The French Connection. Mirroring Astell&Kern’s trans-global office arrangement, France’s Voxtok are officially based in Santa Rosa but their R&D and manufacturing takes place just outside of Montpellier. “Quality” and “simplicity” are two words that crop up regularly as Voxtok attempt to bring their Capsule to life via Kickstarter.
The Capsule may indeed be very simple to use but its multifarious applications require some careful dissemination.
First up: the Voxtok Capsule is a music server – think: Antipodes or Aurender. It starts with 2TB of local storage but four internal SATA slots allow for expansion down the line. A standard HDD version sells for US$1690 whilst a solid state drive option pushes the price to US$2290. Voxtok’s system software allows for CDs to be ripped to the internal hard drive drive but there’s no internal optical drive. Instead, users are asked to connect an existing external CD drive to the Capsule using the Type A port on the rear. The Type B port allows for direct USB connection to a computer.
However, with its own internal DAC the Capsule is more like a Lumin. Twin Wolfson WM8741 DACs handle D/A conversion of ALAC, FLAC, WAV, AIFF, APE – each up to 24bit/192kHz. DSD? Yup, both DSD64 and DSD128 are covered. Those wanting to using their existing DAC can circumvent the Capsule’s internal solution and siphon off the digital stream via its rear-facing HDMI, BNC or coaxial sockets. Yes, HDMI! Owners of the NAD M51 or the Essence HDACC should be paying close attention here.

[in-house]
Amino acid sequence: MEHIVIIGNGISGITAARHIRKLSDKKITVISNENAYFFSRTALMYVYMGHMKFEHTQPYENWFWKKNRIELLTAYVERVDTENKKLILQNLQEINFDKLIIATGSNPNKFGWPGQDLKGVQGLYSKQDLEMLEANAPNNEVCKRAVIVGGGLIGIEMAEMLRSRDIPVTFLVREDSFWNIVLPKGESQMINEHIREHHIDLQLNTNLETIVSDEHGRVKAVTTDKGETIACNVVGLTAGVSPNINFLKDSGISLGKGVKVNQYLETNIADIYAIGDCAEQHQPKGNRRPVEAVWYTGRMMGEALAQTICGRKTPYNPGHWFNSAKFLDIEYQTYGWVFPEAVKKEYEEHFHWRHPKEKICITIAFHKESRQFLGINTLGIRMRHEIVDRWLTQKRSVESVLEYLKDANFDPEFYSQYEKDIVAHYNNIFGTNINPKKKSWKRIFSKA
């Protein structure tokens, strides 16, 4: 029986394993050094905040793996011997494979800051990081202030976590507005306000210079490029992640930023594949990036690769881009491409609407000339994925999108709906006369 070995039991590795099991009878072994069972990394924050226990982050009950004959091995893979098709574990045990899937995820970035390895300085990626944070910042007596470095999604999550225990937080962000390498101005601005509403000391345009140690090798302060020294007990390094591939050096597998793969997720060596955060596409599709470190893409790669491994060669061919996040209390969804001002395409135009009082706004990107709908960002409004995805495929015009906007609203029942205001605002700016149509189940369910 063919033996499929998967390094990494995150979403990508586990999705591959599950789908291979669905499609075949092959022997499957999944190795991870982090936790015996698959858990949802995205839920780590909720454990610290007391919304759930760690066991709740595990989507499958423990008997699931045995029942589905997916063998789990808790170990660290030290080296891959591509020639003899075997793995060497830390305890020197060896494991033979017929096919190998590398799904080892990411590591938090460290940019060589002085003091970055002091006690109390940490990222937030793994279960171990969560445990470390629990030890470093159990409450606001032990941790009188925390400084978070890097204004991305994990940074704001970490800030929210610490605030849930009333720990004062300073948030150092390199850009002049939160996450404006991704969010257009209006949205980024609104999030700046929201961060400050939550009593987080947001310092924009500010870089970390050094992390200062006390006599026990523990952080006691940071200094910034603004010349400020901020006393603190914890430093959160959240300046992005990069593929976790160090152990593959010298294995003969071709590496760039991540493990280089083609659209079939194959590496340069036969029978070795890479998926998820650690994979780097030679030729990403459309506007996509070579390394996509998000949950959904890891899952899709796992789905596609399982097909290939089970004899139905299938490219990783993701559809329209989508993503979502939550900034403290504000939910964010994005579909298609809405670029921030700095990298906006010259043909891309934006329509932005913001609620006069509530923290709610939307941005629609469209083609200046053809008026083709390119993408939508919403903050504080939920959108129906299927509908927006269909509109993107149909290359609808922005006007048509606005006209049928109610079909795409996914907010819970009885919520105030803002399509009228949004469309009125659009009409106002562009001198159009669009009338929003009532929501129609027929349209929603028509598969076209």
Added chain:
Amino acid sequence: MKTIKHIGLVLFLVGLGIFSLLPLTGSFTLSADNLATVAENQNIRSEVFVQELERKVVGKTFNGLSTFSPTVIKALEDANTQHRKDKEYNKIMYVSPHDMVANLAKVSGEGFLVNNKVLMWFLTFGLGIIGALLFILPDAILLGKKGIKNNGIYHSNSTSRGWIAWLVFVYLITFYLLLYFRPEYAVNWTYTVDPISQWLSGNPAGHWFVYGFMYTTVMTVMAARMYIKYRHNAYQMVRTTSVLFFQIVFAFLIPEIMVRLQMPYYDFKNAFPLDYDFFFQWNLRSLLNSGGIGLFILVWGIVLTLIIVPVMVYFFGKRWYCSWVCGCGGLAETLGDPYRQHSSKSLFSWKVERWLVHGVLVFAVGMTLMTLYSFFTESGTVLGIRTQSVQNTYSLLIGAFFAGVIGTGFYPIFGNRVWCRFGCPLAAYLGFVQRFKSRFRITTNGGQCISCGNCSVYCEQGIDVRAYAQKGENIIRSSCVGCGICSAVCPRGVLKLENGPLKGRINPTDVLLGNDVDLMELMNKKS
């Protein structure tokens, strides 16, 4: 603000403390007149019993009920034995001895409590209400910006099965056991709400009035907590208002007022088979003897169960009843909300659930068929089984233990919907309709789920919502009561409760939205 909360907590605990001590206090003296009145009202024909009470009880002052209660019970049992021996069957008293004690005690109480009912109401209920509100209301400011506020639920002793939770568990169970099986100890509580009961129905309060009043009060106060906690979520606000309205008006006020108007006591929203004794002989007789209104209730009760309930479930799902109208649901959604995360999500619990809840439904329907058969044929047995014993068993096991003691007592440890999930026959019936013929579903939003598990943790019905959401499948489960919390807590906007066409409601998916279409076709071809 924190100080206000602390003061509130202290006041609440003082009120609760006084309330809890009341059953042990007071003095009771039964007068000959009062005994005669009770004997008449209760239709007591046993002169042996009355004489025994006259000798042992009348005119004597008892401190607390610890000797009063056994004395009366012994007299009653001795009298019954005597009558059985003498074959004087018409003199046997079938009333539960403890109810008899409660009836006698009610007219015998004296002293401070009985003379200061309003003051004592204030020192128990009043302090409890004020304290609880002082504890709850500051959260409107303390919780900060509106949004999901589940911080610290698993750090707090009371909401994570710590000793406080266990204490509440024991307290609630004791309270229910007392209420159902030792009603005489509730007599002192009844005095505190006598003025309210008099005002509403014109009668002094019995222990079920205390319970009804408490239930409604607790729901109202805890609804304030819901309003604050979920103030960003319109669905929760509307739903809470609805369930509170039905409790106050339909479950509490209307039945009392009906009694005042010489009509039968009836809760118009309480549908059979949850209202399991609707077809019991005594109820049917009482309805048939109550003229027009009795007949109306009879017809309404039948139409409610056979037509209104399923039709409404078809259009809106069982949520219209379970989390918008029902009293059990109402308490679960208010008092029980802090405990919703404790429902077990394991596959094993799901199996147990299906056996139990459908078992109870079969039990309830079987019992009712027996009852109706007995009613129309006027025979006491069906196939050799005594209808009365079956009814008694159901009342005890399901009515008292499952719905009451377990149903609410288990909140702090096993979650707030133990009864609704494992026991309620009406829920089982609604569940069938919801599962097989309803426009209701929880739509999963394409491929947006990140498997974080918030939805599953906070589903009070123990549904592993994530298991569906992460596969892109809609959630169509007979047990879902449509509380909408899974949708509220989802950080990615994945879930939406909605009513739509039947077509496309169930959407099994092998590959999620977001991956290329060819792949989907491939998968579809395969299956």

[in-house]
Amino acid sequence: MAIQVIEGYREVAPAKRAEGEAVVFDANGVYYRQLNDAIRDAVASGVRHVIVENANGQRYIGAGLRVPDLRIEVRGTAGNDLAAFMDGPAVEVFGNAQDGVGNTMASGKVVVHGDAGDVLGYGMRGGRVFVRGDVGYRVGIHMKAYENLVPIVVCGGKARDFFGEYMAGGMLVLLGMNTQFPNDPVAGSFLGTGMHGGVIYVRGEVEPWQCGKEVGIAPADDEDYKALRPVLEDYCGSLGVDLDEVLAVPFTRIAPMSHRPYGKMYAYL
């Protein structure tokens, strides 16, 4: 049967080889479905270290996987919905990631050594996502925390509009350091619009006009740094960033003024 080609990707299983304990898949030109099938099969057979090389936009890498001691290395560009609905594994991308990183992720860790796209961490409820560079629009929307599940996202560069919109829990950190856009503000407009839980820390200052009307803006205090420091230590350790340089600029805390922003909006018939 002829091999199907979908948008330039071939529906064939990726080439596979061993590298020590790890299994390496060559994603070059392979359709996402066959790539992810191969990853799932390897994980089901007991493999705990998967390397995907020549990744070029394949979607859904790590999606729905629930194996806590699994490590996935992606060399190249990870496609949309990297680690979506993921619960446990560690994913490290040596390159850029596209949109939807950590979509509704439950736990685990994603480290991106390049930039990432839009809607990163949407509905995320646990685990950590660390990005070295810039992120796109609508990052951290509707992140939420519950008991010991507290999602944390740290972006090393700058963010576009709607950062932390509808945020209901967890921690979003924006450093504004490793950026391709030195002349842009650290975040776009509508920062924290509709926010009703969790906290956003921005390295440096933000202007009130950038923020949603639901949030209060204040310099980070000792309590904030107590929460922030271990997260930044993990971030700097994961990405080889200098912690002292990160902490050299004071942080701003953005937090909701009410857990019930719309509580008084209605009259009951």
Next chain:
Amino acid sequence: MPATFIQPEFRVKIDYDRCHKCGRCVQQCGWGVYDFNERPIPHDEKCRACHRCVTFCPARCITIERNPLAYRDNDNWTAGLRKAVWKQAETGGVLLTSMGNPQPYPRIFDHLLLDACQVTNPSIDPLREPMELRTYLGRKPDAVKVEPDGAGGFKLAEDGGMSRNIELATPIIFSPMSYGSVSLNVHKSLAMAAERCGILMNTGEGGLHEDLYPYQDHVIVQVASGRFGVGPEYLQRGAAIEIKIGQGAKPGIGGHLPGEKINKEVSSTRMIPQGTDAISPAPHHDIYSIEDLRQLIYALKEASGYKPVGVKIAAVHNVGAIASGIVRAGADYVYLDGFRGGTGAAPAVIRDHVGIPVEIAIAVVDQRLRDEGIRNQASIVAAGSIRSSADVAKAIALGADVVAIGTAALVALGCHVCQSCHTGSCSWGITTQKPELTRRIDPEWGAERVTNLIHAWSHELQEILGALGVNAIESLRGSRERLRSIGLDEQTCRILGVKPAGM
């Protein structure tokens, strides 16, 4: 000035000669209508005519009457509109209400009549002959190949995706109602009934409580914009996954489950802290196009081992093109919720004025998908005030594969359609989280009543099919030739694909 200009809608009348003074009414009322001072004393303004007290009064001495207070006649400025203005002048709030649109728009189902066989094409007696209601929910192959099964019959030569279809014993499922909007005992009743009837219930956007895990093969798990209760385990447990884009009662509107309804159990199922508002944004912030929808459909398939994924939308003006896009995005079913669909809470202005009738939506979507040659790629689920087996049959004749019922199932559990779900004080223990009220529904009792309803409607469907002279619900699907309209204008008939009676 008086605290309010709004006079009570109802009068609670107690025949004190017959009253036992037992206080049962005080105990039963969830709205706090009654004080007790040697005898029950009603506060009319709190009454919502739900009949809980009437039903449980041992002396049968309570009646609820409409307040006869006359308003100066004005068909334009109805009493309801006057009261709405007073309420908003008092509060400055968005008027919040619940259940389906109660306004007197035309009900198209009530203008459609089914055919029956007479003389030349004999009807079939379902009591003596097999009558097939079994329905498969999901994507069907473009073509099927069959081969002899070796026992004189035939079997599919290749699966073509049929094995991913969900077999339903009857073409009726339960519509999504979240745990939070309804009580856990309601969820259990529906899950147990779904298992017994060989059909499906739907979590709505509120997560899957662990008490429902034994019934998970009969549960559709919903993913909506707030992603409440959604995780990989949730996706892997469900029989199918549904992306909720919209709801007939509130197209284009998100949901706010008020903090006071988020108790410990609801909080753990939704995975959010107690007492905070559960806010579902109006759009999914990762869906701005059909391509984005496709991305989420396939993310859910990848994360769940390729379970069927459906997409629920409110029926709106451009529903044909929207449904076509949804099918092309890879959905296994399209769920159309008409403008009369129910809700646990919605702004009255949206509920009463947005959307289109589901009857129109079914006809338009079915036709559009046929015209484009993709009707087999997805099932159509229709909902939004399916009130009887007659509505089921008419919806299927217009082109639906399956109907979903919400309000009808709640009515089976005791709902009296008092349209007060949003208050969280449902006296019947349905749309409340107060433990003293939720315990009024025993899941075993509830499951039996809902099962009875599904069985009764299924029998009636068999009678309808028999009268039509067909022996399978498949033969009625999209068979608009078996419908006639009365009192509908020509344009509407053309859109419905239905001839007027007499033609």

The Capsule can be connected to an amplifier or powered speakers via its single-ended or balanced outputs.
But wait, there’s more. The Capsule is also a network streamer – think: Sonos, Squeezbox or AURALiC Aries. An ethernet port allows for connection to a local network so that music can be streamed from local UPnP and DLNA servers. The Capsule also comes pre-configured for Qobuz cloud streaming.
Playback control and playlist creation are managed via software apps that are also equipped to stream content from the Capsule itself. iOS, Android, Mac OS, Windows, Windows Phone and Linux clients are coded and ready to go. Whilst we’re talking tablets and phones, know that users can also stream directly to the Capsule’s wireless receiver over Apple’s Airplay protocol. Oh, and there’s Bluetooth too.
Lastly, if you don’t feel like stumping up over a grand for the finished product, Voxtok are offering $200 DIY kits that are based on a Raspberry Pi board and a Wolfson audio card.
According to the Kickstarter page, the Voxtok Capsule will begin shipping in December 2014.